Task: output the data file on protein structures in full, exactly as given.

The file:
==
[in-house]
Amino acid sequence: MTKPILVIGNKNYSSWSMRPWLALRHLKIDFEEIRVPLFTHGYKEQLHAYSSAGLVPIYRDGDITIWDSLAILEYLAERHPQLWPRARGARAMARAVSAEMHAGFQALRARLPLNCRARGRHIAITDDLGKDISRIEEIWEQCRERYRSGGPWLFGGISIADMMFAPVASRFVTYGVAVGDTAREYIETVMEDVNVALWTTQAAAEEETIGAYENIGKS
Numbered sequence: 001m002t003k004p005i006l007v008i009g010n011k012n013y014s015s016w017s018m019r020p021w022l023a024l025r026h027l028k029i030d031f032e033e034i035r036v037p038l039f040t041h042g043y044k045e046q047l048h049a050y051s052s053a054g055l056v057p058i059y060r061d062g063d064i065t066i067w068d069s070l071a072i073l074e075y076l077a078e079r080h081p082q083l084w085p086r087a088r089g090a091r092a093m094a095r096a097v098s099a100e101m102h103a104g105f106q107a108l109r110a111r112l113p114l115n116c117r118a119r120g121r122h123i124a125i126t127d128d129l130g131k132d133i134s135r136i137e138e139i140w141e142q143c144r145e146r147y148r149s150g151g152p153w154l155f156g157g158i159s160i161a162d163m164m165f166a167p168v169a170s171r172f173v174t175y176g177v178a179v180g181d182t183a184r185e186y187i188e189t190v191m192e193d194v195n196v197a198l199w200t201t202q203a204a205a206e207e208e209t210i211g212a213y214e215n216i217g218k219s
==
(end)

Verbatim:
[in-house]
Amino acid sequence: MTKPILVIGNKNYSSWSMRPWLALRHLKIDFEEIRVPLFTHGYKEQLHAYSSAGLVPIYRDGDITIWDSLAILEYLAERHPQLWPRARGARAMARAVSAEMHAGFQALRARLPLNCRARGRHIAITDDLGKDISRIEEIWEQCRERYRSGGPWLFGGISIADMMFAPVASRFVTYGVAVGDTAREYIETVMEDVNVALWTTQAAAEEETIGAYENIGKS
Numbered sequence: 001m002t003k004p005i006l007v008i009g010n011k012n013y014s015s016w017s018m019r020p021w022l023a024l025r026h027l028k029i030d031f032e033e034i035r036v037p038l039f040t041h042g043y044k045e046q047l048h049a050y051s052s053a054g055l056v057p058i059y060r061d062g063d064i065t066i067w068d069s070l071a072i073l074e075y076l077a078e079r080h081p082q083l084w085p086r087a088r089g090a091r092a093m094a095r096a097v098s099a100e101m102h103a104g105f106q107a108l109r110a111r112l113p114l115n116c117r118a119r120g121r122h123i124a125i126t127d128d129l130g131k132d133i134s135r136i137e138e139i140w141e142q143c144r145e146r147y148r149s150g151g152p153w154l155f156g157g158i159s160i161a162d163m164m165f166a167p168v169a170s171r172f173v174t175y176g177v178a179v180g181d182t183a184r185e186y187i188e189t190v191m192e193d194v195n196v197a198l199w200t201t202q203a204a205a206e207e208e209t210i211g212a213y214e215n216i217g218k219s